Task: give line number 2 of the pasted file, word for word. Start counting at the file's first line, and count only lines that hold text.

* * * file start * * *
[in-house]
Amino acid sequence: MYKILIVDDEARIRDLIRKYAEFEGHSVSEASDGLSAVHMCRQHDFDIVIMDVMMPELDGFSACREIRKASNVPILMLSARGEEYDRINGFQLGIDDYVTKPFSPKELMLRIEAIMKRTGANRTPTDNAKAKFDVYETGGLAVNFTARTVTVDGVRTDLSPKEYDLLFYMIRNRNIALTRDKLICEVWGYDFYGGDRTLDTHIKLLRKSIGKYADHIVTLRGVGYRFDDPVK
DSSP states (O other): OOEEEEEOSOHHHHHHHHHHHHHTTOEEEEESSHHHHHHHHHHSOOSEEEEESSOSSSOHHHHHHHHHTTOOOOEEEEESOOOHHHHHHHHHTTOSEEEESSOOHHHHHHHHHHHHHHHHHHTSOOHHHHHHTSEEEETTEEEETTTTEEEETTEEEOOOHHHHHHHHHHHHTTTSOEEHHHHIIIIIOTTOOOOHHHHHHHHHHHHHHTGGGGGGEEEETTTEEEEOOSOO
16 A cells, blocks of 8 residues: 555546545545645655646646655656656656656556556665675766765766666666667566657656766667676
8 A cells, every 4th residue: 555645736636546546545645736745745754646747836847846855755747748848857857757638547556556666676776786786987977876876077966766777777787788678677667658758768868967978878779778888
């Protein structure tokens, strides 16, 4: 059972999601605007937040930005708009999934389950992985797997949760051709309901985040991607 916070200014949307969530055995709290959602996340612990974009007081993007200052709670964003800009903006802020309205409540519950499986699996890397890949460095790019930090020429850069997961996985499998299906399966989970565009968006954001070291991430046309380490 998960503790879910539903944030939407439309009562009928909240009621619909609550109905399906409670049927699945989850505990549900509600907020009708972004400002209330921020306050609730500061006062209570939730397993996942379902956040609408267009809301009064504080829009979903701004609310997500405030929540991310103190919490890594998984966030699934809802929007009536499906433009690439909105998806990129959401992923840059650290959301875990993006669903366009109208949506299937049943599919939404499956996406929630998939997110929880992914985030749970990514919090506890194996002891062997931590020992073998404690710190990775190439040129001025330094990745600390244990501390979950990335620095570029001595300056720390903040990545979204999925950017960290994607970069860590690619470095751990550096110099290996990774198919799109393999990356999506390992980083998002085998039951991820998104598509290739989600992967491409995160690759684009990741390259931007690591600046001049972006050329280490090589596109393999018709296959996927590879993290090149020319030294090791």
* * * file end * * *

Amino acid sequence: MYKILIVDDEARIRDLIRKYAEFEGHSVSEASDGLSAVHMCRQHDFDIVIMDVMMPELDGFSACREIRKASNVPILMLSARGEEYDRINGFQLGIDDYVTKPFSPKELMLRIEAIMKRTGANRTPTDNAKAKFDVYETGGLAVNFTARTVTVDGVRTDLSPKEYDLLFYMIRNRNIALTRDKLICEVWGYDFYGGDRTLDTHIKLLRKSIGKYADHIVTLRGVGYRFDDPVK